Britain number one Andy Murray eased through to the third round of the 2015 Wimbledon men’s singles championship as he earned a 6-1 6-1 6-4 victory over Dutch tennis star Robin Haase. Murray, who lifted the trophy back in 2013, has his eyes set on glory this year after a difficult spell with numerous injury problems and will be well supported throughout the entirety of the two-week tournament. If he is to reach the final, the 28-year-old must overcome some very talented players after he was handed a nightmare draw. In fact, if results go completely against the Scot, he could face Jo-Wilfried Tsonga in the last-16 before a semi-final encounter with Wimbledon legend Roger Federer. If Murray is going to lift the men’s singles championship on 12th July, he is going to have to do it the hard way and may face close rival and world number one Novak Djokovic in the final.
Murray has been in exceptional form since the turn of the year and has looked full of confidence in his opening two matches at Wimbledon so far. Earlier in the season, Murray was beaten by Djokovic in the Australian Open final but gave an excellent account of himself on the Serbian’s favoured hard court surface. Since then, he has won three tournaments – the Bavarian International Tennis Championships, the Miami Masters and the Queen’s Club Championships – and is one of the leading candidates to achieve success at Wimbledon. It could be argued that Murray is in the form of his life and, on current form, it would be difficult to back against the British number one as he chases down a third Grand Slam title. Throughout the course of the year, Murray has won 42 matches and lost just six – helping him to climb back up to number three in the world rankings. The Scot is certainly receiving plenty of support from the public this week and British fans will be hoping that this can spur Murray on throughout the competition.
Good luck to @andy_murray today at Wimbledon! Let's hope he can win his third Slam.
— Liam (@OffsideLiam) June 30, 2015
In his opening match of his home event, Murray was paired against Kazakhstan’s Mikhail Kukushkin. Murray disposed of the world number 59 with relative ease as he claimed a 6-4 7-6 6-4 victory in straight sets to reach the second round. Although there were a few hairy moments, the Scot played a number of breathtaking shots to send a timely reminder to the likes of Tsonga and Federer. In his second match, Murray was unplayable and dominated all three sets against Haase to claim victory in just 87 minutes. The British number one put on a brilliant show for the fans as he made a huge statement of intent ahead of his third round fixture – which will be against either Croatia’s Borna Coric or number 25 seed Andreas Seppi of Italy. Some of the key statistics from Murray’s opening round clash with Kukushkin can be seen below.
However, world number one Djokovic remains a formidable figure and the Serbian will be extremely confident of claiming his second Grand Slam title of the year. Djokovic, who beat Roger Federer in a five set thriller in last year’s final, is looking to cement his place as one of tennis’ greatest ever players and is looking for his ninth major championship title. He is coached by the legendary Boris Becker and has been outstanding since teaming up with the German back in 2013. This season, Djokovic has won 43 matches and has lost just three – with one of those defeats crucially coming in the French Open semi-final to dash any dreams of a calendar year Grand Slam. As always, the Serbian – who hasn’t been knocked out of a Grand Slam tournament before the quarter-finals since 2009 – will be looking forward to the business end of the competition and could face Stanislas Wawrinka in the last four. The Polish star beat Djokovic to the French Open title last month and there is no doubt that the world number one will be looking for revenge if they clash once again.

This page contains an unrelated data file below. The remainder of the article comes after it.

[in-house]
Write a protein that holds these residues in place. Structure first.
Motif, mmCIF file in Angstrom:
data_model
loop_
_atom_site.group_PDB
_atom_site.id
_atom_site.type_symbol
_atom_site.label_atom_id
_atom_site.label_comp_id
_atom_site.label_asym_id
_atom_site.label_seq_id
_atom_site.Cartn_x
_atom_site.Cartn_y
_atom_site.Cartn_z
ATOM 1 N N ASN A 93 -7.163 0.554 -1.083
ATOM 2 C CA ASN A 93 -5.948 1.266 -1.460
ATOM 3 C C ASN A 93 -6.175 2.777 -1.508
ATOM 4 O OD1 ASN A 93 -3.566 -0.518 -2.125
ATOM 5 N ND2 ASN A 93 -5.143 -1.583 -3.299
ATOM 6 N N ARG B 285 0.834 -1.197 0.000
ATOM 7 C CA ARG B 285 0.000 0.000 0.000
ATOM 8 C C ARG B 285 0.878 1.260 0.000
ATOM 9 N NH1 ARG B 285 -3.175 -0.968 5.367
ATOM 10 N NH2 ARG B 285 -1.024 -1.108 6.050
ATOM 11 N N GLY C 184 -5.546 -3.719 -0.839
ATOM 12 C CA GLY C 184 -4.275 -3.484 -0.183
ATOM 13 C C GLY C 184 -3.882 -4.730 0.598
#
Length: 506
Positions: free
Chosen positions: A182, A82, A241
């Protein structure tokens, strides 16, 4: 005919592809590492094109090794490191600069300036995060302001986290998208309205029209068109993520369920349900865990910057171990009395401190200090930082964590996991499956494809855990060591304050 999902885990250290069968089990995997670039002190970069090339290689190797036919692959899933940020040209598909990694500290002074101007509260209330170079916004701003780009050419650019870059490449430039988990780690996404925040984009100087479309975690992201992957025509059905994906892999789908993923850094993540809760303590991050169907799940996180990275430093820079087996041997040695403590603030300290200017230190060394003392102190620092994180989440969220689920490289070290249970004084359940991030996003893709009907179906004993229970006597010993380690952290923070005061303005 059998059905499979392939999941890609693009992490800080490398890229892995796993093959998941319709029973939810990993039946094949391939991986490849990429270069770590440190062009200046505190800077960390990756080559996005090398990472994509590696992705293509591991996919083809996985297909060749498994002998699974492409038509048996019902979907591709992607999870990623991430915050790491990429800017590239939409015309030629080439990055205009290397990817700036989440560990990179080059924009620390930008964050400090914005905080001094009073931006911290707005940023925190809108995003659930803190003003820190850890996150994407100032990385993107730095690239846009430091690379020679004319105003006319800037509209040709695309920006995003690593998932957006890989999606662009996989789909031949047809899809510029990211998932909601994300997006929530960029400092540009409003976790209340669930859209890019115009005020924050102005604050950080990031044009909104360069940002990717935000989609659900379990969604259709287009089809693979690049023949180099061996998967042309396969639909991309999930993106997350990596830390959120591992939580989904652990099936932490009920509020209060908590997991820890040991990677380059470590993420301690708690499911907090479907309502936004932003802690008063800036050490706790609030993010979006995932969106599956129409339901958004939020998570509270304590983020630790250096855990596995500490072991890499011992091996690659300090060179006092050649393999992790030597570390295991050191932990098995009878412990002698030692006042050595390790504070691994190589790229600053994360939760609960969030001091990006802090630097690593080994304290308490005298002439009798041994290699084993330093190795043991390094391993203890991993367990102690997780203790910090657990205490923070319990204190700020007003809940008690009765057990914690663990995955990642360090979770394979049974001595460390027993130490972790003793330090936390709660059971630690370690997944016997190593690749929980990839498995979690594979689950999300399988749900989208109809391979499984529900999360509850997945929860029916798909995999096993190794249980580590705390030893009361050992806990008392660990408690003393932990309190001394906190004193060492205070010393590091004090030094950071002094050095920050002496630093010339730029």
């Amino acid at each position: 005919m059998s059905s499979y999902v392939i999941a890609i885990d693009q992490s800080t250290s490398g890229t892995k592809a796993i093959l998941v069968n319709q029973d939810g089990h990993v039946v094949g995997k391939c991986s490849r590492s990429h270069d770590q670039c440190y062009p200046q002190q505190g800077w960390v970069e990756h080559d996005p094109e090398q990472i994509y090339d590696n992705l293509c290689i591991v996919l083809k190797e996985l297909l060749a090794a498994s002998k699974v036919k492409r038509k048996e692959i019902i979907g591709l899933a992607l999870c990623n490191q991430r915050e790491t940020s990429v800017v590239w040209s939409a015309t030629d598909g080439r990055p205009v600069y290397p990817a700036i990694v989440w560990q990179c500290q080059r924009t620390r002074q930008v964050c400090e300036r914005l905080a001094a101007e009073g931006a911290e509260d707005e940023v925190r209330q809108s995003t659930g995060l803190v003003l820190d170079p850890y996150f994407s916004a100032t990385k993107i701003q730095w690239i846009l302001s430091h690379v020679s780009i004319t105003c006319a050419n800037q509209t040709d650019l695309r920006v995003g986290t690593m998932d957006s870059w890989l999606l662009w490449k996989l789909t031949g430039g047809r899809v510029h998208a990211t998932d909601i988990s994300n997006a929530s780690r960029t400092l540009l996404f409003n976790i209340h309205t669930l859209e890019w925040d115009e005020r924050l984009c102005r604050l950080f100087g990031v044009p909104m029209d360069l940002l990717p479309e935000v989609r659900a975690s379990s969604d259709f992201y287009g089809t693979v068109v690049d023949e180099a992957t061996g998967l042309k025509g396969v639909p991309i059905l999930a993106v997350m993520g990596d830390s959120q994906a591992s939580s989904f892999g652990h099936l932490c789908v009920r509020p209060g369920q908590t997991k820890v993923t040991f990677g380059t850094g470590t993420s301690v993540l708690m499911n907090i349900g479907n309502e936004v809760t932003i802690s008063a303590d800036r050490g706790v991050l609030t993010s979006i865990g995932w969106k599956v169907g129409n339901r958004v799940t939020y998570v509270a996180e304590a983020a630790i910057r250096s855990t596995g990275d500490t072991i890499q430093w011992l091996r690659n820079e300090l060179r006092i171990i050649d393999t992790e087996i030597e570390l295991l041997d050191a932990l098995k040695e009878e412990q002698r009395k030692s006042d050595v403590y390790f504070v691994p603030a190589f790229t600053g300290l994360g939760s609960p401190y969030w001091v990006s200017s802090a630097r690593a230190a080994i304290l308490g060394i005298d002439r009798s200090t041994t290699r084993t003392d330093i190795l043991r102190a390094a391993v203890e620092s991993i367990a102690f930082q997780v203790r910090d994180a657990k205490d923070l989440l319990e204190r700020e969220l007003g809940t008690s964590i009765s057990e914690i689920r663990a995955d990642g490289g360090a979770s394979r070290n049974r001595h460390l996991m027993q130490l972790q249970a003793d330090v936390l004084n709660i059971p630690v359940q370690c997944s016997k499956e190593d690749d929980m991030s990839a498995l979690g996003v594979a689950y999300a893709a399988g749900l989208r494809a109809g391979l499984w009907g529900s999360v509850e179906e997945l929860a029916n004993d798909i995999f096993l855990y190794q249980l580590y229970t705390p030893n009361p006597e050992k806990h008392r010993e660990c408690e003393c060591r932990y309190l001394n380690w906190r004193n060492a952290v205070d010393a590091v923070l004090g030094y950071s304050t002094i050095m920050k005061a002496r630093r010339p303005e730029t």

So far, the world number one has breezed past his opponents with ease and is yet to face a serious challenge. In his first round match with Germany’s Philipp Kohlschreiber, Djokovic claimed a 6-4 6-4 6-4 victory in a relatively straightforward contest. The German, who was ranked as highly as 16th in the world back in 2012, struggled to perform at his best and made a number of unforced errors as the Serbian dominated proceedings. Many had suggested that the 31-year-old, who is the last tennis player to knock Djokovic out of a Grand Slam tournament prior to the quarter-finals, could cause the world number one problems but the defending champion was good enough to get the job done and advance to the second round. In the second round, Djokovic made light work of Jarkko Nieminen as he earned a 6-4 6-2 6-3 victory in just 91 minutes – four slower than Murray’s victory over Haase.
The Serbian has a brilliant record at Wimbledon and has won 45 of his 53 matches at the iconic grass court venue. He has reached the semi-finals in each of the past five years and has gone on to lift the trophy twice – once in 2011 and then again last year. Meanwhile, he has a staggering 85% win ratio at Wimbledon and the world number one has always insisted that it is one of his favourite competitions on the calendar. His aggressive style suits the grass court and his incredible ability to return excellent serves means that he very rarely concedes aces to opponents. Many people will be backing Djokovic to go on and win his ninth Grand Slam title on 12th July and, at the time of writing, betfair are pricing the world number one at 6/5 to lift the Wimbledon trophy this summer. It wouldn’t be a huge surprise to see the Serbian compete in yet another Grand Slam final and, if he’s matched up with Andy Murray, the two players are sure to put on a great show for the fans. Here is a repeat of their recent encounter in the Australian Open final earlier this year.